Terror bill inadequate

Police are likely to need more than 28 days to detain someone without charge as the nature of the terror threat changes, an influential committee of MPs says.

However, while 28 days “may well prove inadequate”, the 90 days that the government and police argued for is not essential, according to the home affairs committee.

With the combined effect of increased use of computer decryption, forensic inquiries, and an increase in the number of preventative arrests the current 14-day limit on detention before charges are brought is being stretched, the committee reports.

“Current and recent investigations have gone sufficiently close to 14 days to show that an extension of the maximum period of pre-charge detention [to 28 days], as agreed by parliament, is justified,” the report states.

As to how long suspects should be held – a matter that split parliament and brought about Tony Blair’s first Commons defeat – the committee is less clear.

“None of the evidence we have reviewed of current and recent investigations would have justified a maximum detention period longer than 28 days,” it said.

“But the growing number of cases and the increase in suspects monitored by the police and security services make it entirely possible, and perhaps increasingly likely, that there will be cases that do provide that justification.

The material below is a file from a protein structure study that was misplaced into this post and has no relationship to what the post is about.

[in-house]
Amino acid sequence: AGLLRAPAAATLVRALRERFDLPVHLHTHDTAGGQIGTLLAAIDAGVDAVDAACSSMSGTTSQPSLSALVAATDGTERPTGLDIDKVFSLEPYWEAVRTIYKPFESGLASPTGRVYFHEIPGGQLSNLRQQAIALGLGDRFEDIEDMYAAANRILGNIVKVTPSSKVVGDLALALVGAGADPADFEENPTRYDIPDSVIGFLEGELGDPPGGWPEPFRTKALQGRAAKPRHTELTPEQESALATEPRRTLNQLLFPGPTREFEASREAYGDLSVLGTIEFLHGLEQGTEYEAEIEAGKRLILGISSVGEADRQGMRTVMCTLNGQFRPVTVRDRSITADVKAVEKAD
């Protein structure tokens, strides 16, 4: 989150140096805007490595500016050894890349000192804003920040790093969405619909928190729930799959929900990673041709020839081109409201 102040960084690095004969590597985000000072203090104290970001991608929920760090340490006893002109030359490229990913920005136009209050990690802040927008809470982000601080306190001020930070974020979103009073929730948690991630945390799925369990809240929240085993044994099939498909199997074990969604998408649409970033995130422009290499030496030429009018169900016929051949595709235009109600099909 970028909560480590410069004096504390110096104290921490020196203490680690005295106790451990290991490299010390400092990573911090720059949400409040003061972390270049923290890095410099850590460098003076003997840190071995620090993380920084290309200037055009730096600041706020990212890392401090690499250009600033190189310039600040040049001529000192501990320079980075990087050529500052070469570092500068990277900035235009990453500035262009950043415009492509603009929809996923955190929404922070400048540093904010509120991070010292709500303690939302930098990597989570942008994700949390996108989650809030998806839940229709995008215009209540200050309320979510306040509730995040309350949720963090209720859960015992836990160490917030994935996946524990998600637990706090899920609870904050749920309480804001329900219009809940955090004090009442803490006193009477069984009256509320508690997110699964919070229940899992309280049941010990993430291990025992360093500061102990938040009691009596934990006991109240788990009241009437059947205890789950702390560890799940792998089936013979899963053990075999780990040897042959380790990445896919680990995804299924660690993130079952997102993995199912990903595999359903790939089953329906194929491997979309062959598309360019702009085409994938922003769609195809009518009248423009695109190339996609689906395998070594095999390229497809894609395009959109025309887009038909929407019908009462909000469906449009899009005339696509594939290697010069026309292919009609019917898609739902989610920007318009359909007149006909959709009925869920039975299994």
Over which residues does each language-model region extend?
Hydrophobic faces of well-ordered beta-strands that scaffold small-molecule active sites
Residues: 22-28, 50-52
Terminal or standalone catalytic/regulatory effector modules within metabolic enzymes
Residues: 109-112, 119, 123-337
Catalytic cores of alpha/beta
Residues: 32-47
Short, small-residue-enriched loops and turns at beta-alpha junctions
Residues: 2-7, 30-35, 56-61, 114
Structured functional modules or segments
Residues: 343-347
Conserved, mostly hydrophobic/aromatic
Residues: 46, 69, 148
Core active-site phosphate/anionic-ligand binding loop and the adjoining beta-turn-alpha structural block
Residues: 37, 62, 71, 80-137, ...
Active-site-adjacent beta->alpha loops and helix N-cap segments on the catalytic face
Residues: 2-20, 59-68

“We believe, therefore, that the 28 day limit may well prove inadequate in the future. We have seen no evidence that a maximum of 90 days pre-charge detention is essential, rather than useful.”

The committee also heavily criticised the government for the way that it handled itself during the passage of the terrorism bill through parliament.

“The process of the terrorism bill through parliament was divisive and did not increase public trust in the police or the government,” it said.

“We conclude that on such a major issue, with very significant human rights implications, we would have expected the case made by the police to have been better developed and, while we think it is reasonable for the prime minister and home secretary to rely on advice from the police on such issues, we would also expect them to have challenged critically that advice in order to assure themselves of the case that was being made.

“In our view the primary origin of the difficulties experienced by the government lies in the lack of care with which the case for a maximum 90 day detention period was promoted.”